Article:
Students’ environmental knowledge and/or attitudes could be increased by several instructional techniques. For example, while instruction based on a conceptual change approach increased students’ environmental understanding, it did not increase students’ attitudes toward the environment and biology (Cetin, 2003). Students’ environmental knowledge and attitudes could be increased by computer-assisted instruction (Aivazidis, Lazaridou, & Hellden, 2006). Paleoecology, the study of ancient ecosystems as a teaching tool can be used in a science curriculum to teach global environmental education quite effectively (Raper & Zander, 2009). Outdoor activities can also be useful to increase students’ environmental awareness (Carrier, 2009).

The New 9th Grade Biology Curriculum in Turkey and Conscious Individual-Environment Unit

To increase students’ achievement and attitudes, problem-solving skills, etc., the Turkish Ministry of Education began to revise the curricula of many courses from 1st to 10th grade after 2003-2004 academic years. For instance, the Turkish Ministry of Education made some changes to the 9th grade biology curriculum, and that curriculum was implemented in 2008-2009 (Secondary 9th Grade Biology Curriculum, 2007). The new 9th grade biology curriculum was mainly developed by taking the following into consideration: Biology literacy of students, constructivist learning approach, spiral approach, students’ mental and physical development levels and individual differences, parallelism and coherence between the curricula of biology and other related courses, and performance-based assessment and evaluation approach. The new 9th grade biology curriculum also required that teachers apply several instructional methods and techniques like constructivist approach, brainstorming, computer-assisted instruction and project-based instruction.

In the new 9th grade biology curriculum, the last unit is entitled ‘Conscious Individual-Environment’. It has sub-units about environmental problems and Ataturk’s approach toward nature and environment. The main goals of this unit include: to recognize the adverse effects of human activities on the environment; to develop solutions to these problems; to understand the impact of environmental problems on human health; to become biology literate (Secondary 9th Grade Biology Curriculum, 2007). Furthermore, this unit includes goals regarding science-technology-society-environment relations, scientific research and scientific process skills, communication skills and attitudes and values (See Appendix A). The basic concepts in the unit related to the environment were to be integrated with the subject content in accordance with a spiral approach by following the principles of moving from general to particular and from the known to the unknown.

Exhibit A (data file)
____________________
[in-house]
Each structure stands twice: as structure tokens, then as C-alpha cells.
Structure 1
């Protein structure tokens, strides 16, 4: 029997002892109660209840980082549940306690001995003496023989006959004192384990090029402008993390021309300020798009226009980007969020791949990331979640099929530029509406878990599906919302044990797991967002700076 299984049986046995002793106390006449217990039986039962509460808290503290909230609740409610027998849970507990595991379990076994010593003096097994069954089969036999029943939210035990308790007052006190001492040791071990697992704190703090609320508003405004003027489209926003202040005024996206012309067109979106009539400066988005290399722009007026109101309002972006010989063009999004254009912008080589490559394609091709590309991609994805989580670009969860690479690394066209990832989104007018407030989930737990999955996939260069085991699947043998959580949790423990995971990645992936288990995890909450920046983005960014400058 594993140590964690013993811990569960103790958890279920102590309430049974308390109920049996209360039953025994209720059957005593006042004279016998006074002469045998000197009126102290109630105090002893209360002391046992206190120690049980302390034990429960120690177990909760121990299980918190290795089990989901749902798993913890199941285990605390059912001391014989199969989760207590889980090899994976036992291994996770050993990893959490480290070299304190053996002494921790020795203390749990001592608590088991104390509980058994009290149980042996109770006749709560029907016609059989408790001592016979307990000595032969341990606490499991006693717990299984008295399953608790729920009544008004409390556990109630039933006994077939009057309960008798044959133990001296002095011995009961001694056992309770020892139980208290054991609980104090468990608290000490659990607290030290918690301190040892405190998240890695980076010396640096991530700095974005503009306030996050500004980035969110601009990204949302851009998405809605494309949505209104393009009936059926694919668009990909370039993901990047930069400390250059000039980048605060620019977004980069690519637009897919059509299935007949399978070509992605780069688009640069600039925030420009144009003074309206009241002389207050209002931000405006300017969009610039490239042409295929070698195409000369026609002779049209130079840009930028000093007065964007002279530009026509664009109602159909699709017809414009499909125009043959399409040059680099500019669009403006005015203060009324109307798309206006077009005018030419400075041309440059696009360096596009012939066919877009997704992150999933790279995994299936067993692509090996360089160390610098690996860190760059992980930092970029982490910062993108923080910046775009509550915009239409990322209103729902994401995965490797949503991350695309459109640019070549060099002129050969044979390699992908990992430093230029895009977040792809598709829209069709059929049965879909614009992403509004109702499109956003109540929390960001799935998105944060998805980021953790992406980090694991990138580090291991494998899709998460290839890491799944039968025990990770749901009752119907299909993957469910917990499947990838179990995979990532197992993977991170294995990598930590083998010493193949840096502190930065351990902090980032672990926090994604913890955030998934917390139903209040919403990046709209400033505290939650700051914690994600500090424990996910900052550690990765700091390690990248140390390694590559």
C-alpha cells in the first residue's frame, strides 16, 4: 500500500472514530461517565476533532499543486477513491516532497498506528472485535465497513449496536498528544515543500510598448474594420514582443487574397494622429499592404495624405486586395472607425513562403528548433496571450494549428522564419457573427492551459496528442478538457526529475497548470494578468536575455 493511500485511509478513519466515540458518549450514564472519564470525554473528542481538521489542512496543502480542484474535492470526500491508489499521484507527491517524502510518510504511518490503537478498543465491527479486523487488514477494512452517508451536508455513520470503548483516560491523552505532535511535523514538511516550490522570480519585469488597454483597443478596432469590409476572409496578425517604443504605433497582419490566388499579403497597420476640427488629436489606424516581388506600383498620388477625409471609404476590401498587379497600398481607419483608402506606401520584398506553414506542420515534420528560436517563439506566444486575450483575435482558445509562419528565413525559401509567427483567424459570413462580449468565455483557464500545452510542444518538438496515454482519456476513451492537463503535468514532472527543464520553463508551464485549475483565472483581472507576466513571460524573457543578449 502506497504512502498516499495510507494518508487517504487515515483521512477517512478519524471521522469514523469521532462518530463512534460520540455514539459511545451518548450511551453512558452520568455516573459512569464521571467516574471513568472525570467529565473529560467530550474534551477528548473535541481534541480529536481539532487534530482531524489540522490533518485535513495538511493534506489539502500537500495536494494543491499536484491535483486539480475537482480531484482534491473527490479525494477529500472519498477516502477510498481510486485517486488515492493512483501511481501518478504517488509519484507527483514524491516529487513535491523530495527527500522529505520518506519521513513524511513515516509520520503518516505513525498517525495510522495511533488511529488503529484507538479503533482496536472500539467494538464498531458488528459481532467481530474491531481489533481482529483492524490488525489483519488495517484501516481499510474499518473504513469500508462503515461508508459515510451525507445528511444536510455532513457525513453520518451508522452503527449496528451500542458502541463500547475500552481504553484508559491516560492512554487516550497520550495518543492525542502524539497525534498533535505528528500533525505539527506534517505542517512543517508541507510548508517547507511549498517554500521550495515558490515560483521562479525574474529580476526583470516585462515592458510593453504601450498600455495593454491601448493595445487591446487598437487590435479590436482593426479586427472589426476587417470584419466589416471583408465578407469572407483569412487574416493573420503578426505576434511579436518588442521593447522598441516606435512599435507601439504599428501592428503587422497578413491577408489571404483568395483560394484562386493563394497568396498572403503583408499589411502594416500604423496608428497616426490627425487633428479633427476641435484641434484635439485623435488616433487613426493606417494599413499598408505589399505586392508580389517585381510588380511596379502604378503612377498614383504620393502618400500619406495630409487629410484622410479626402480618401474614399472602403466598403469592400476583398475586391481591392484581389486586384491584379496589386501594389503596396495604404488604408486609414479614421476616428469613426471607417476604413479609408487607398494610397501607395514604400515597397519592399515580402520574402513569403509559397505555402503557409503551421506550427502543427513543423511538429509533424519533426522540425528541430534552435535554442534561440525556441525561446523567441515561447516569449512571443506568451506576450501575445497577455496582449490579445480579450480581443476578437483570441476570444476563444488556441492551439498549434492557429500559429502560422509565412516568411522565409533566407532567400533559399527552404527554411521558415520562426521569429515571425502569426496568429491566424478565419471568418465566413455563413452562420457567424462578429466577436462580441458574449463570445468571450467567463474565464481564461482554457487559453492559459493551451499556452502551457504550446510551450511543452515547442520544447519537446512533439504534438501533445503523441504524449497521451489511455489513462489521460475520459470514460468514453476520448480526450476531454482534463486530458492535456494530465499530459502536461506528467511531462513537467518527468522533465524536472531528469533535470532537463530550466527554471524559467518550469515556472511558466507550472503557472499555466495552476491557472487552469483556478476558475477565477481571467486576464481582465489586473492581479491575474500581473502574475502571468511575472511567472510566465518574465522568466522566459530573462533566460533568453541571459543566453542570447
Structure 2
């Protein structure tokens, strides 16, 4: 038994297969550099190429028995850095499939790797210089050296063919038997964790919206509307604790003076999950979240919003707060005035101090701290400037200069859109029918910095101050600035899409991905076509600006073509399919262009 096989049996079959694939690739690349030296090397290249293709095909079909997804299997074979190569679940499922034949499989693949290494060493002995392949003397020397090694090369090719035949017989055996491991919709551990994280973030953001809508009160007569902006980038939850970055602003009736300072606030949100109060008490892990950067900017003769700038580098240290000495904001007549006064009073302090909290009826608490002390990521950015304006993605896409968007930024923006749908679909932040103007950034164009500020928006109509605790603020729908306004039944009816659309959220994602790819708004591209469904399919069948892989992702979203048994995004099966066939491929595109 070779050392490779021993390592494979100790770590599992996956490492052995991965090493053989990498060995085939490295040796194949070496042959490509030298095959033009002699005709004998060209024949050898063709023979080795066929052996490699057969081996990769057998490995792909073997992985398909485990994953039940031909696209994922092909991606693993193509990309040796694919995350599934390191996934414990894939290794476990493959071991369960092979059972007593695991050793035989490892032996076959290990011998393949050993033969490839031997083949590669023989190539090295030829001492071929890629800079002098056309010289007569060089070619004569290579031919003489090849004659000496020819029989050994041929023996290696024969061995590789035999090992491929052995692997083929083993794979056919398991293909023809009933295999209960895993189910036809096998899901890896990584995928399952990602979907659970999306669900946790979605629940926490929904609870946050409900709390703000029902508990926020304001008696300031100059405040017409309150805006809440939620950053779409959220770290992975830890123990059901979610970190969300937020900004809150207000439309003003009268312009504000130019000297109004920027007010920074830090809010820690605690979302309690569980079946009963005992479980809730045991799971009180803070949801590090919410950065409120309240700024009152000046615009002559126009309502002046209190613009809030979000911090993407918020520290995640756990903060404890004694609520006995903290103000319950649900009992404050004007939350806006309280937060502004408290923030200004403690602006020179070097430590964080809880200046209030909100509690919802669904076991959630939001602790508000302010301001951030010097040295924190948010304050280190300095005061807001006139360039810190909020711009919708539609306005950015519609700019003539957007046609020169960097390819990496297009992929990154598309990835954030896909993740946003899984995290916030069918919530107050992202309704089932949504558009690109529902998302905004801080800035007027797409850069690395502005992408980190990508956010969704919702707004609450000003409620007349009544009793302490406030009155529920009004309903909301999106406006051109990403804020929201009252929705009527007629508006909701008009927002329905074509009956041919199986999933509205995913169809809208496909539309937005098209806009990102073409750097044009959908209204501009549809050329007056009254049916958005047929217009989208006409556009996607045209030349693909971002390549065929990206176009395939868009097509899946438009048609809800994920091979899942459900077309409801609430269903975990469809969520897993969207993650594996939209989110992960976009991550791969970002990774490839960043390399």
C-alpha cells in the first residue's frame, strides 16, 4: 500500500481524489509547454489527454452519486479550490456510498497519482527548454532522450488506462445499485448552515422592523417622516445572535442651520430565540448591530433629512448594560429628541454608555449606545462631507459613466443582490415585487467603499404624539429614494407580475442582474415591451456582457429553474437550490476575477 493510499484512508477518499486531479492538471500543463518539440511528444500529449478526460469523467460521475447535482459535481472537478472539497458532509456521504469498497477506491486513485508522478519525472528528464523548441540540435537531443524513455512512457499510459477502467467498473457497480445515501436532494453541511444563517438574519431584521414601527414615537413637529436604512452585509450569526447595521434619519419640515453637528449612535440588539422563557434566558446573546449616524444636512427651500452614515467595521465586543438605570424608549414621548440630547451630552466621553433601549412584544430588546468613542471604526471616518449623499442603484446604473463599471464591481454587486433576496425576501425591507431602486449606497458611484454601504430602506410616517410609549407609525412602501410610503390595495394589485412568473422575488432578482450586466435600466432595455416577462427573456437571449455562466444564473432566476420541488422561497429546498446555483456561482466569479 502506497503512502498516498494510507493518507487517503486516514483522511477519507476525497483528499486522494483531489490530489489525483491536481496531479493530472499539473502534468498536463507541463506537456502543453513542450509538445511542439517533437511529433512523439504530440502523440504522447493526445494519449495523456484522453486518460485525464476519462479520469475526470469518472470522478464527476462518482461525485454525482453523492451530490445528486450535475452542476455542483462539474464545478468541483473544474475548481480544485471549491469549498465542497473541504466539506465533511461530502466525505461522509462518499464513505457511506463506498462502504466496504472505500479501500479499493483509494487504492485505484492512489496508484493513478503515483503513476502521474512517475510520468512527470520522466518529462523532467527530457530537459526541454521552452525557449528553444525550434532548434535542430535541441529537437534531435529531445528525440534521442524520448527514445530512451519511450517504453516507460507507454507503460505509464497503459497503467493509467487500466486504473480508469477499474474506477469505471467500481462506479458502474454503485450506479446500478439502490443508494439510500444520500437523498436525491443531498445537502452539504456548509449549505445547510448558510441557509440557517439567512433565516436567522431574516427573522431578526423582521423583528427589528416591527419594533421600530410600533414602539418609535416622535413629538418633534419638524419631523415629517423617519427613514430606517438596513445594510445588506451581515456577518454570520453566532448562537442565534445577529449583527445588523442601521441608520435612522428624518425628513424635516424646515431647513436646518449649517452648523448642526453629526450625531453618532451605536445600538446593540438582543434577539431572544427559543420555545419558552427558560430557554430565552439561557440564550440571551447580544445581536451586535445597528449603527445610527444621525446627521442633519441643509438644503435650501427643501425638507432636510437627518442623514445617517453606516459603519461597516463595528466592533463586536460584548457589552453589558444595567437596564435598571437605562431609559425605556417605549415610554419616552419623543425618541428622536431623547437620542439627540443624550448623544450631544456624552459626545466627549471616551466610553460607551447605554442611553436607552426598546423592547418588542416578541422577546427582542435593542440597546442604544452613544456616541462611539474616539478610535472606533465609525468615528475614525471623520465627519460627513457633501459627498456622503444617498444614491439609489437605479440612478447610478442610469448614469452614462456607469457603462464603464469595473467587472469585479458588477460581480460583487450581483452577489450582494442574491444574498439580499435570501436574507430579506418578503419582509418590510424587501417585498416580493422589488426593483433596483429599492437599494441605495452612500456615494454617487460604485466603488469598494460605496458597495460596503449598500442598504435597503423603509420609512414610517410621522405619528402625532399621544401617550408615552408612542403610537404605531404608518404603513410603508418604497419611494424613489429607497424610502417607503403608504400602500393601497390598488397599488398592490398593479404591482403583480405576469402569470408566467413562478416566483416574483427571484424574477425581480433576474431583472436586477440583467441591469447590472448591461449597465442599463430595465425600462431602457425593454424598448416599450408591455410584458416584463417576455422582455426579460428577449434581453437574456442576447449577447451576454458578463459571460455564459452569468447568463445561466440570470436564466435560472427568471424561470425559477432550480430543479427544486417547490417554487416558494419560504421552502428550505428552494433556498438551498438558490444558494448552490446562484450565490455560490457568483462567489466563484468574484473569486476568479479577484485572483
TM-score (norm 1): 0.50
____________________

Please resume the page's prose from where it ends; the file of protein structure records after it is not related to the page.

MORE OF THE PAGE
The new 9th grade biology curriculum requested that teachers implement their instruction based on the new curricula so that all the curricula goals could be reached. When we interviewed with some teachers regarding the new curricula and its implementation in schools, they stressed that the new 9th grade biology curriculum could not be completely applied in schools.

The main reasons were because the new curricula required too many goals to be accomplished. In addition, biology textbooks were full of activities that were taking too much time to be completed by the end of the term. Finally, students would take the Student Selection and Placement System Exam, and the teachers’ discovered that the curriculum and the exam did not complement each other entirely.  Therefore, the activities were deemed to have lost valuable time were not seen as effective for improving students’ achievement on their exams.

Although plentiful materials could be found regarding the new 9th grade biology curriculum on the Web, many teachers mentioned that was insufficient instructional support of the course implementation so that the course to be executed effectively.  In other words, the teachers did not feel prepared to teach the new curriculum.  Many of the teachers resolved their own traditional strategies in the classrooms because they believed the new 9th grade biology curriculum could not be applied effectively; thus, if they received adequate support, perhaps they could have modified their teaching strategy to better deliver the curricula to their students.

In summary, although the Turkish Ministry of Education mandated a student-centered constructivist approach to the changes inherent within the 9th grade biology curriculum during the 2008-2009 academic years, many teachers have still taught biology courses in a traditional manner, applying a teacher-centered instructional approach instead. Therefore, this study aimed to examine the effectiveness of the new 9th grade biology curriculum on students’ environmental awareness, comparing a teacher-centered traditional instructional approach and a student-centered instructional approach in high school.

Problem

What was the effectiveness of the new 9th grade biology curriculum on ninth grade students’ environmental awareness?